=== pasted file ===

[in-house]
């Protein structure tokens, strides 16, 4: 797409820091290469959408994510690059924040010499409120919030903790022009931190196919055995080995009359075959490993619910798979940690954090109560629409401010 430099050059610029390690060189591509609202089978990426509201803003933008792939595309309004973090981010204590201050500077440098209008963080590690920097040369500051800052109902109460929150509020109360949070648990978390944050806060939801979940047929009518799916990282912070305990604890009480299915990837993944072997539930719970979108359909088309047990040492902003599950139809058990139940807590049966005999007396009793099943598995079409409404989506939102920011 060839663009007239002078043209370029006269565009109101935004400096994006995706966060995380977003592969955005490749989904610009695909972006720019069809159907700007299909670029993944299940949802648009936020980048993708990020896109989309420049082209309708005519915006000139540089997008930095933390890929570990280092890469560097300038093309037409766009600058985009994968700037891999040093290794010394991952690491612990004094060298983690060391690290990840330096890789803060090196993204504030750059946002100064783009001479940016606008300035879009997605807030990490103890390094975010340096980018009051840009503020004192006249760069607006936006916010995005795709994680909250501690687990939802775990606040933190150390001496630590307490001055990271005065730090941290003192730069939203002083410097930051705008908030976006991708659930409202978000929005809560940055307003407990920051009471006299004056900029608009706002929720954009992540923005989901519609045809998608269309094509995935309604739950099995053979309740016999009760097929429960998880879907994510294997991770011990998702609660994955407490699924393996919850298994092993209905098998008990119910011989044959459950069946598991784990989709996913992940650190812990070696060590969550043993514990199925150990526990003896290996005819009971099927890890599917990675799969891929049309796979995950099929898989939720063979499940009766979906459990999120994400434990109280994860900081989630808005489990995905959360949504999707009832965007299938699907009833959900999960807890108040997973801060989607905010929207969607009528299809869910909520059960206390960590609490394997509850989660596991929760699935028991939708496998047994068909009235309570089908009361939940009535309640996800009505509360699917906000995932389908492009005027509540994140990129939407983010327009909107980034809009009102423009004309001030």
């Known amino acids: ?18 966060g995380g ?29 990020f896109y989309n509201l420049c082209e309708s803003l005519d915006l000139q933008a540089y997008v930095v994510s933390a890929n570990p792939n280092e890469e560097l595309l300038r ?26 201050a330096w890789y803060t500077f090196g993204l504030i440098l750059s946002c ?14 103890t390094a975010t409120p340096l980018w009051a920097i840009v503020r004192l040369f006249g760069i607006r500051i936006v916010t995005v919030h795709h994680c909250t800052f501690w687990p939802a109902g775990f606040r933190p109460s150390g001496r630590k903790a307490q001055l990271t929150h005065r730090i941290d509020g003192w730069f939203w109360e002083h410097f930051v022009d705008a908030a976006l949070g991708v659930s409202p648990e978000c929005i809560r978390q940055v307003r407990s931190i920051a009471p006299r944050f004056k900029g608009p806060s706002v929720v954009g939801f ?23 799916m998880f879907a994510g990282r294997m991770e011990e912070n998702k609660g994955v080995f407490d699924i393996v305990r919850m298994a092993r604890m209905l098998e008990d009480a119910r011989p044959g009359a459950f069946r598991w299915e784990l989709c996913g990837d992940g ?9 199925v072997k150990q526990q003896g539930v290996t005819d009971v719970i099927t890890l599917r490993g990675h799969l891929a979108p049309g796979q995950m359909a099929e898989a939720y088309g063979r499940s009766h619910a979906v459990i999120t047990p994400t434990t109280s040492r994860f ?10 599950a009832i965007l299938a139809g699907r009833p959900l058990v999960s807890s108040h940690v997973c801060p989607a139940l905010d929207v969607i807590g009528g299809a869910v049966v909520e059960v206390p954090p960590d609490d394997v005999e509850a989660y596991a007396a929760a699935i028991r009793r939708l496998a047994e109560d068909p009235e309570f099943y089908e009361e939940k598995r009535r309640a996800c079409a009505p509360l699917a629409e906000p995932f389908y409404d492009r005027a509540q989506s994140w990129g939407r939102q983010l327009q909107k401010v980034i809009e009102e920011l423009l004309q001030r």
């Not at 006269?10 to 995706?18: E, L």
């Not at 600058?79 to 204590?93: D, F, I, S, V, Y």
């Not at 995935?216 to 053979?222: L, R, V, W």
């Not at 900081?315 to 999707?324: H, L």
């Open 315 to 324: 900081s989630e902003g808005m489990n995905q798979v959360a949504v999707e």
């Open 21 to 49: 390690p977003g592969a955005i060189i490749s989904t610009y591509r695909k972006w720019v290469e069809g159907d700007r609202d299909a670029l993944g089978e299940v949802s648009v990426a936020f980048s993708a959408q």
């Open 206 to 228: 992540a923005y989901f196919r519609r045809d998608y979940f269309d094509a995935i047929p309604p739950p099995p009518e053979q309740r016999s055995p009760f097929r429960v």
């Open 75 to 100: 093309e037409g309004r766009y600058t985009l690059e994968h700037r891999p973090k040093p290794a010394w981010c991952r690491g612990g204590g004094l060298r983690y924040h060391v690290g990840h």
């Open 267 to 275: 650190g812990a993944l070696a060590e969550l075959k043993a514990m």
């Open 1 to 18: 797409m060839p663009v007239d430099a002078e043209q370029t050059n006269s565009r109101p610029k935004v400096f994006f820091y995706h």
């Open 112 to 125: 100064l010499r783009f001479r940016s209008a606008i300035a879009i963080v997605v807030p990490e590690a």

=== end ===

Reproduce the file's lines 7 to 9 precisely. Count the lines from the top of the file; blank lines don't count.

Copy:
């Not at 900081?315 to 999707?324: H, L």
């Open 315 to 324: 900081s989630e902003g808005m489990n995905q798979v959360a949504v999707e």
């Open 21 to 49: 390690p977003g592969a955005i060189i490749s989904t610009y591509r695909k972006w720019v290469e069809g159907d700007r609202d299909a670029l993944g089978e299940v949802s648009v990426a936020f980048s993708a959408q």